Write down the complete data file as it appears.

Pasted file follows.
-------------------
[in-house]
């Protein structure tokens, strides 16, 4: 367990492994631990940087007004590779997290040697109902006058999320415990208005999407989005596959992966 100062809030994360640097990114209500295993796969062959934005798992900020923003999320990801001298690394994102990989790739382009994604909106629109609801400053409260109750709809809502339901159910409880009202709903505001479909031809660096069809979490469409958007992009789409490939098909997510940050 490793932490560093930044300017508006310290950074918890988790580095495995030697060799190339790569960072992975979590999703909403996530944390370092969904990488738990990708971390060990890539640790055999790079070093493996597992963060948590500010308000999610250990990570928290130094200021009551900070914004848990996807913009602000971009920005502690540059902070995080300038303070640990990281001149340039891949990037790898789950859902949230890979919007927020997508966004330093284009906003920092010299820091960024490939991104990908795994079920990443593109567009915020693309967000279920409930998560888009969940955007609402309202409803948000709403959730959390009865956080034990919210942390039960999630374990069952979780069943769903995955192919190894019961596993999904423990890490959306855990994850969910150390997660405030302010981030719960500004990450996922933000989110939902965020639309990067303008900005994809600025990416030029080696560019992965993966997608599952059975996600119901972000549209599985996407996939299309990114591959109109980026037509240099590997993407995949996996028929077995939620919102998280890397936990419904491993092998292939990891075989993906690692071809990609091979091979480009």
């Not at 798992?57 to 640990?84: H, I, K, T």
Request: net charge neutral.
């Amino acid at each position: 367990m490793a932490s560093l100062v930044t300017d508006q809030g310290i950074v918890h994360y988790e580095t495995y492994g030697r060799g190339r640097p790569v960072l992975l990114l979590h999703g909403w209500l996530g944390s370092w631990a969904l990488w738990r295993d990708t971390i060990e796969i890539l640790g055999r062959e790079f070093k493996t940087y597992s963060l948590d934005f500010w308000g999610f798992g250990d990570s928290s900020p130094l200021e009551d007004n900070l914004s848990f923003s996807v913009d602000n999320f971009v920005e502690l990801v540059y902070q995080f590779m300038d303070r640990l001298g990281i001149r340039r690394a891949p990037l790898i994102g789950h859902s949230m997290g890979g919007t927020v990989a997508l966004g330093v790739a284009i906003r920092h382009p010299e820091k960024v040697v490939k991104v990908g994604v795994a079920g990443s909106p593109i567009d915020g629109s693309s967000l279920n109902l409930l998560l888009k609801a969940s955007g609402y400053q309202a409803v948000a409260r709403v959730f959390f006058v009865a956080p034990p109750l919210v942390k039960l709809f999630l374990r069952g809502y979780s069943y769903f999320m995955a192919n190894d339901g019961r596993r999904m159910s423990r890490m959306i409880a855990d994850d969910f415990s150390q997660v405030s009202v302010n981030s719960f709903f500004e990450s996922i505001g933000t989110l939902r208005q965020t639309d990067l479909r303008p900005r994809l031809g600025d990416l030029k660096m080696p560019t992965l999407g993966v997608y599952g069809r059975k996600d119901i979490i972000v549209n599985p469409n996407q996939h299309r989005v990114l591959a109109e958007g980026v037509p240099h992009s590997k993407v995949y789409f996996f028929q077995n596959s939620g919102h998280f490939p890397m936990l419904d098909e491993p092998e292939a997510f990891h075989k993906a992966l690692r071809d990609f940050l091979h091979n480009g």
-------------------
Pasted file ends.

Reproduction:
[in-house]
């Protein structure tokens, strides 16, 4: 367990492994631990940087007004590779997290040697109902006058999320415990208005999407989005596959992966 100062809030994360640097990114209500295993796969062959934005798992900020923003999320990801001298690394994102990989790739382009994604909106629109609801400053409260109750709809809502339901159910409880009202709903505001479909031809660096069809979490469409958007992009789409490939098909997510940050 490793932490560093930044300017508006310290950074918890988790580095495995030697060799190339790569960072992975979590999703909403996530944390370092969904990488738990990708971390060990890539640790055999790079070093493996597992963060948590500010308000999610250990990570928290130094200021009551900070914004848990996807913009602000971009920005502690540059902070995080300038303070640990990281001149340039891949990037790898789950859902949230890979919007927020997508966004330093284009906003920092010299820091960024490939991104990908795994079920990443593109567009915020693309967000279920409930998560888009969940955007609402309202409803948000709403959730959390009865956080034990919210942390039960999630374990069952979780069943769903995955192919190894019961596993999904423990890490959306855990994850969910150390997660405030302010981030719960500004990450996922933000989110939902965020639309990067303008900005994809600025990416030029080696560019992965993966997608599952059975996600119901972000549209599985996407996939299309990114591959109109980026037509240099590997993407995949996996028929077995939620919102998280890397936990419904491993092998292939990891075989993906690692071809990609091979091979480009």
């Not at 798992?57 to 640990?84: H, I, K, T």
Request: net charge neutral.
């Amino acid at each position: 367990m490793a932490s560093l100062v930044t300017d508006q809030g310290i950074v918890h994360y988790e580095t495995y492994g030697r060799g190339r640097p790569v960072l992975l990114l979590h999703g909403w209500l996530g944390s370092w631990a969904l990488w738990r295993d990708t971390i060990e796969i890539l640790g055999r062959e790079f070093k493996t940087y597992s963060l948590d934005f500010w308000g999610f798992g250990d990570s928290s900020p130094l200021e009551d007004n900070l914004s848990f923003s996807v913009d602000n999320f971009v920005e502690l990801v540059y902070q995080f590779m300038d303070r640990l001298g990281i001149r340039r690394a891949p990037l790898i994102g789950h859902s949230m997290g890979g919007t927020v990989a997508l966004g330093v790739a284009i906003r920092h382009p010299e820091k960024v040697v490939k991104v990908g994604v795994a079920g990443s909106p593109i567009d915020g629109s693309s967000l279920n109902l409930l998560l888009k609801a969940s955007g609402y400053q309202a409803v948000a409260r709403v959730f959390f006058v009865a956080p034990p109750l919210v942390k039960l709809f999630l374990r069952g809502y979780s069943y769903f999320m995955a192919n190894d339901g019961r596993r999904m159910s423990r890490m959306i409880a855990d994850d969910f415990s150390q997660v405030s009202v302010n981030s719960f709903f500004e990450s996922i505001g933000t989110l939902r208005q965020t639309d990067l479909r303008p900005r994809l031809g600025d990416l030029k660096m080696p560019t992965l999407g993966v997608y599952g069809r059975k996600d119901i979490i972000v549209n599985p469409n996407q996939h299309r989005v990114l591959a109109e958007g980026v037509p240099h992009s590997k993407v995949y789409f996996f028929q077995n596959s939620g919102h998280f490939p890397m936990l419904d098909e491993p092998e292939a997510f990891h075989k993906a992966l690692r071809d990609f940050l091979h091979n480009g």